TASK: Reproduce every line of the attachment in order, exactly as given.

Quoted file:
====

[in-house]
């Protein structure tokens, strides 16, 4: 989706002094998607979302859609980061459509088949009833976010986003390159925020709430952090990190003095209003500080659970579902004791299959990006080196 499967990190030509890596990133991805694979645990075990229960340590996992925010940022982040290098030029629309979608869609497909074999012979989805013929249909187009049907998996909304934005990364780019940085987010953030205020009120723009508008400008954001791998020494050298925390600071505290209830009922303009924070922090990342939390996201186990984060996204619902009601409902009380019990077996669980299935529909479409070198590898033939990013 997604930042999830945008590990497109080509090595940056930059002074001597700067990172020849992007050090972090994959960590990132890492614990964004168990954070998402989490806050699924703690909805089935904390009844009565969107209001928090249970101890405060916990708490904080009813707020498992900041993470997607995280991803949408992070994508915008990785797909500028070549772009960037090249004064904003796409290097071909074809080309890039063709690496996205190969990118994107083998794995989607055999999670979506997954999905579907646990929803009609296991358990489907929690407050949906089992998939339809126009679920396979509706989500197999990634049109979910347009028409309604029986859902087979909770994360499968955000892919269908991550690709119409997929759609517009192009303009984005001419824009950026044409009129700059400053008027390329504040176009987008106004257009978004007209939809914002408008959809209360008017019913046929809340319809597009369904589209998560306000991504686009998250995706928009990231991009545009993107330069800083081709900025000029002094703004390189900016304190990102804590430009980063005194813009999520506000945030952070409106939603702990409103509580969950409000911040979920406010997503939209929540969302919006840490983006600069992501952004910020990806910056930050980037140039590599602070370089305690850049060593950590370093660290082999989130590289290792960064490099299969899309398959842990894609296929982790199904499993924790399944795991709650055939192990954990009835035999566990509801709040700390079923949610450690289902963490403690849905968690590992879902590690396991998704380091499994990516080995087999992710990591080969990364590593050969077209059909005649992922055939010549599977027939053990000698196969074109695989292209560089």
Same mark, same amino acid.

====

[in-house]
């Protein structure tokens, strides 16, 4: 989706002094998607979302859609980061459509088949009833976010986003390159925020709430952090990190003095209003500080659970579902004791299959990006080196 499967990190030509890596990133991805694979645990075990229960340590996992925010940022982040290098030029629309979608869609497909074999012979989805013929249909187009049907998996909304934005990364780019940085987010953030205020009120723009508008400008954001791998020494050298925390600071505290209830009922303009924070922090990342939390996201186990984060996204619902009601409902009380019990077996669980299935529909479409070198590898033939990013 997604930042999830945008590990497109080509090595940056930059002074001597700067990172020849992007050090972090994959960590990132890492614990964004168990954070998402989490806050699924703690909805089935904390009844009565969107209001928090249970101890405060916990708490904080009813707020498992900041993470997607995280991803949408992070994508915008990785797909500028070549772009960037090249004064904003796409290097071909074809080309890039063709690496996205190969990118994107083998794995989607055999999670979506997954999905579907646990929803009609296991358990489907929690407050949906089992998939339809126009679920396979509706989500197999990634049109979910347009028409309604029986859902087979909770994360499968955000892919269908991550690709119409997929759609517009192009303009984005001419824009950026044409009129700059400053008027390329504040176009987008106004257009978004007209939809914002408008959809209360008017019913046929809340319809597009369904589209998560306000991504686009998250995706928009990231991009545009993107330069800083081709900025000029002094703004390189900016304190990102804590430009980063005194813009999520506000945030952070409106939603702990409103509580969950409000911040979920406010997503939209929540969302919006840490983006600069992501952004910020990806910056930050980037140039590599602070370089305690850049060593950590370093660290082999989130590289290792960064490099299969899309398959842990894609296929982790199904499993924790399944795991709650055939192990954990009835035999566990509801709040700390079923949610450690289902963490403690849905968690590992879902590690396991998704380091499994990516080995087999992710990591080969990364590593050969077209059909005649992922055939010549599977027939053990000698196969074109695989292209560089």
Same mark, same amino acid.